Fiona Banner’s work for Tate Britain’s 2010 Duveens Commission plays on situation and scale – neo-classical gallery space strikingly juxtaposed with two decommissioned fighter jets.
Harrier is streamlined avian form playing martyr to deadly function – a trussed trophy reworked with hand painted feather markings mimicking its namesake; Jaguar lies upturned on the floor like a toy cast aside by its young owner – a polished mirror surface tying the audience to their own reactions.
Banner’s choice of subject matter shows a clear lineage with earlier works, sharing their topicality in questioning our attitudes toward war. But that much is obvious. Requiring little imagination from its audience, such subtle conceits in her treatment of these carcasses do little to divert the viewer’s attentions away from their shear presence, and it is within this context where she succeeds.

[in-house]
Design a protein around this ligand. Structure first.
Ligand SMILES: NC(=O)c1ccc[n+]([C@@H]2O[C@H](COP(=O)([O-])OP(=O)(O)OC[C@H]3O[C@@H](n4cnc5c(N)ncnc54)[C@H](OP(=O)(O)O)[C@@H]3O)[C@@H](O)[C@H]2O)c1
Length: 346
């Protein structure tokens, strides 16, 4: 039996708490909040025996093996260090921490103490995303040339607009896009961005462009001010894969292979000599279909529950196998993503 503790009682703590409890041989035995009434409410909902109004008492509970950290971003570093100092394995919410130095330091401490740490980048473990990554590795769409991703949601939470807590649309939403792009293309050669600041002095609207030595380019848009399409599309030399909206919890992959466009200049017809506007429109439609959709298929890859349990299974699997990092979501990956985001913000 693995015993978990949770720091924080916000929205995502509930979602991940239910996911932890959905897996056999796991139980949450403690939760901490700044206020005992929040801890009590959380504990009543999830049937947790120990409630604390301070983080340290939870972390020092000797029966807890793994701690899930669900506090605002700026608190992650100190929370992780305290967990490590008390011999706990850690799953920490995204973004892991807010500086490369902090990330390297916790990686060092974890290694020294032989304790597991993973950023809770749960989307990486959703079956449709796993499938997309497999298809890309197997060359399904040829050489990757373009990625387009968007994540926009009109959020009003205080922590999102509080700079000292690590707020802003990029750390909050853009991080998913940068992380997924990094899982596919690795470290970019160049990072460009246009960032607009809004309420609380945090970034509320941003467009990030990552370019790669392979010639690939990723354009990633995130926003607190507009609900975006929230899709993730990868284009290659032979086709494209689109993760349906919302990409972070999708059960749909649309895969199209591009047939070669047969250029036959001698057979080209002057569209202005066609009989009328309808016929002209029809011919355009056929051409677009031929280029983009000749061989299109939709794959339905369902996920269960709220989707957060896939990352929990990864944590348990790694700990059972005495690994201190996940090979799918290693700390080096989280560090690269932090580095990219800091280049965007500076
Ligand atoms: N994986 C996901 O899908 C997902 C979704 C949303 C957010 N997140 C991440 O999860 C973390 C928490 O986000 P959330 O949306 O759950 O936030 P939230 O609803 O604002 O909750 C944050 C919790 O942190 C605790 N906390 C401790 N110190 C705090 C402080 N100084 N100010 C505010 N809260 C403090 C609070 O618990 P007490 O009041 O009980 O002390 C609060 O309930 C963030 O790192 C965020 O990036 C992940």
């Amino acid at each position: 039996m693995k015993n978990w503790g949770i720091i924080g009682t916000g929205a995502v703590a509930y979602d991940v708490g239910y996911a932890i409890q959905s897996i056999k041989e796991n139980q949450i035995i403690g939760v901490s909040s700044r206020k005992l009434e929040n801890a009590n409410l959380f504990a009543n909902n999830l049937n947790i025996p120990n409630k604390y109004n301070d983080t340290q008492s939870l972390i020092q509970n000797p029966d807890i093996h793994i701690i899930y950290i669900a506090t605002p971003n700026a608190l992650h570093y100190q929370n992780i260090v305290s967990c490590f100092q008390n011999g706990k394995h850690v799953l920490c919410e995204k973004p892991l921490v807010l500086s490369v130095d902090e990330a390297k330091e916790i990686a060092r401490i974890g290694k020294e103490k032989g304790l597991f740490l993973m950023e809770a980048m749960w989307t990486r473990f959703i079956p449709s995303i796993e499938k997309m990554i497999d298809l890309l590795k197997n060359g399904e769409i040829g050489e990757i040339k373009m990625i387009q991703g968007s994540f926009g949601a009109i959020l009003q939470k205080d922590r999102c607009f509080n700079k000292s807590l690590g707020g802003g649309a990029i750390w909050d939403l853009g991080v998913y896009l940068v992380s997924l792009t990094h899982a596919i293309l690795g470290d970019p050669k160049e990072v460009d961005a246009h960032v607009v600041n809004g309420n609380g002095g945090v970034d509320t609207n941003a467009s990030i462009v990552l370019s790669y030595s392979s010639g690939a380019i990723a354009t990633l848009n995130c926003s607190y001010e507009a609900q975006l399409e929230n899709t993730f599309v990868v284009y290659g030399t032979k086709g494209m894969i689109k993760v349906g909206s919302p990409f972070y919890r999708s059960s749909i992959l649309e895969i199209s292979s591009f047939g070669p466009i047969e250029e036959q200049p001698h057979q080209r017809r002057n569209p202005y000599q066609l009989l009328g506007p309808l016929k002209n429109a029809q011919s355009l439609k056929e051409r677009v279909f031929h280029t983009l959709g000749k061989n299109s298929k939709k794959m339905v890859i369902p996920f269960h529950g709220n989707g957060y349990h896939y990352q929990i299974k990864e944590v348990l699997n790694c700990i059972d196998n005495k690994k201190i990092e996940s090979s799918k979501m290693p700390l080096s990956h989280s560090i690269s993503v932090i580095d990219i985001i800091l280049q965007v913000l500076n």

Perhaps they have more in common with those iconic works by Koons or Hirst; derided by many but lauded by the art market. And there lies the rub – the incongruity of setting is integral to them being definable as ‘art’ – remove them from the space, as they inevitably will be, and their worth might just, well, fly away. A brutal yet seductive spectacle well worth seeing.
Guest blogger Nicholas Smith
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